Paula Moses and Rebecca Gough, Permanent Education or


  • Berry, T. (1988). The Dream of the Earth. Sierra Club Books: CA.
  • Cam, P. (2006). 20 Thinking Tools. 2nd Edn. Victoria: Australian Council for Educational Research.
  • Carpenter, B. (2020) A Recovery Curriculum: Loss and Life for our children and schools post pandemic.
  • The EEF guide to supporting school planning: A tiered approach to 2020-21 available online:
  • Education Endowment Foundation (2015). Philosophy for Children Efficacy Trial 2012-2014.
  • Holmgren, D. (2011). Permaculture: Principles & pathways. Beyond Sustainability. Hants: Permanent Publications: Hants.
  • Lipman, M. (2003). Thinking in Education (2nd edition). Cambridge, Mass: Cambridge University Press.
  • McCall, C. (2009). Transforming Thinking. Philosophical Inquiry in the Primary and Secondary Classroom. London: Routledge.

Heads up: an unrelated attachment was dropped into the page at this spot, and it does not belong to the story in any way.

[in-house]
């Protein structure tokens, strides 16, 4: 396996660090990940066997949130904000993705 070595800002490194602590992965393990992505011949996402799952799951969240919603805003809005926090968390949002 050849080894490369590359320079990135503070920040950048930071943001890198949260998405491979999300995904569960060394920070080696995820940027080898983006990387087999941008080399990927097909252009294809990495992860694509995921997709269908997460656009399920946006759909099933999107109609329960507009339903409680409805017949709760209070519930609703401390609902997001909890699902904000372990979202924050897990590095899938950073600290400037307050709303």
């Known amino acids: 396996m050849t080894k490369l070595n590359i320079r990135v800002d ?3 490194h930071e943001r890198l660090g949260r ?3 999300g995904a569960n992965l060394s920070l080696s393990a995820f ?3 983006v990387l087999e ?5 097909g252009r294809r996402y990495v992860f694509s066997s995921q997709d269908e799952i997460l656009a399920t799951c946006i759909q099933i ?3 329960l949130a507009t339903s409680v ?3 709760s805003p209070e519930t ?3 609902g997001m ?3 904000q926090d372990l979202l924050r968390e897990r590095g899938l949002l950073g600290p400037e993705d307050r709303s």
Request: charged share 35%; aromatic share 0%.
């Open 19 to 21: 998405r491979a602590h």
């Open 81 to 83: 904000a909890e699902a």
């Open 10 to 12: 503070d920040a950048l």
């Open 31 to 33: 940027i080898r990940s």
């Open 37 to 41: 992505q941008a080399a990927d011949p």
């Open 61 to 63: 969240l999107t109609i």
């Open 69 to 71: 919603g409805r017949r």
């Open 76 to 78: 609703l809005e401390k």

• Mollison, B. (1988). Permaculture: A Designers Manual. Australia: Tagari Publications.
  • Orr, D. (2001). ‘Forward’ in Sterling, S. (2001) Sustainable Education: Re-visioning Learning and Change. Devon: Green Books Ltd.
  • Veer, I. M., Riepenhausen, A., Zerban, M., Wackerhagen, C., Puhlmann, L., Engen, H., … Kalisch, R. (2020). Psycho-social factors associated with mental resilience in the Corona lockdown.
  • Ofsted (2019). Education inspection framework (EIF).:58-59